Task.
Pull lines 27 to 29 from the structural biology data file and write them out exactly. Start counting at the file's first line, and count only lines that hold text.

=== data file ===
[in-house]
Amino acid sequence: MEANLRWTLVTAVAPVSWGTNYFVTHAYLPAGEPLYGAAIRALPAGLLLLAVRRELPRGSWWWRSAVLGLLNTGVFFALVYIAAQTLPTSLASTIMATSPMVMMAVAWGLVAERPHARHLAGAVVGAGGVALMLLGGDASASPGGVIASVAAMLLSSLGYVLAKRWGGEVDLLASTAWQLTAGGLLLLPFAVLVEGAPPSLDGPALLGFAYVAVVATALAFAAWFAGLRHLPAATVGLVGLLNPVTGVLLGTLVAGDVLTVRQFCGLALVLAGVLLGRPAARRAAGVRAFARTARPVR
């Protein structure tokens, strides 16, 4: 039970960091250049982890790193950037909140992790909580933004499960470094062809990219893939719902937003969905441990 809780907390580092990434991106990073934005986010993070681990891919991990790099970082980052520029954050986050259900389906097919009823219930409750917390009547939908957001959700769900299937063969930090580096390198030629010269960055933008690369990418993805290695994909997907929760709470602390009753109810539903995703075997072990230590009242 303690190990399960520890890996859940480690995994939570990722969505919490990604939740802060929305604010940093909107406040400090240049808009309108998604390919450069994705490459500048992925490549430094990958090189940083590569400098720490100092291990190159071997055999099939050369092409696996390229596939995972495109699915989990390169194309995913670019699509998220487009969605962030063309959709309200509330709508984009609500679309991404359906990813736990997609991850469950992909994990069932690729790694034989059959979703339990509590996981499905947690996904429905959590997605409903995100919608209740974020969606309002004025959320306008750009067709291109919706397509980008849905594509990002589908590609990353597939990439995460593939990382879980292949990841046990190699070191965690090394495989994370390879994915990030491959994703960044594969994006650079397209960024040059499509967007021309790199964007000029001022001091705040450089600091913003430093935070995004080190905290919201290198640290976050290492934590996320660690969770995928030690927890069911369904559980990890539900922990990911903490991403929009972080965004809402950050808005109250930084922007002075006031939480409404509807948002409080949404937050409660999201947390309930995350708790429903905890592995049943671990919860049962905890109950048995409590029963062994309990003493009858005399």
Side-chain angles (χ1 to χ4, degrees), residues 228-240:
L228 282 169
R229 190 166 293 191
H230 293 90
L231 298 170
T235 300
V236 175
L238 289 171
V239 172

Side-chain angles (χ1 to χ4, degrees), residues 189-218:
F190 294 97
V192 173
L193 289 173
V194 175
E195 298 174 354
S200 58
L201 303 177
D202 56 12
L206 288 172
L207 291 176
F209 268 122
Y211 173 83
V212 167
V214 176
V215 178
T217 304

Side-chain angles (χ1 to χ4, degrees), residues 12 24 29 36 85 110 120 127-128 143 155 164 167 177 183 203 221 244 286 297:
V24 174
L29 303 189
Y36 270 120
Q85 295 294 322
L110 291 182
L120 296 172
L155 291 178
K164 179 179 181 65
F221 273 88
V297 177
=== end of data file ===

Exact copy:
V214 176
V215 178
T217 304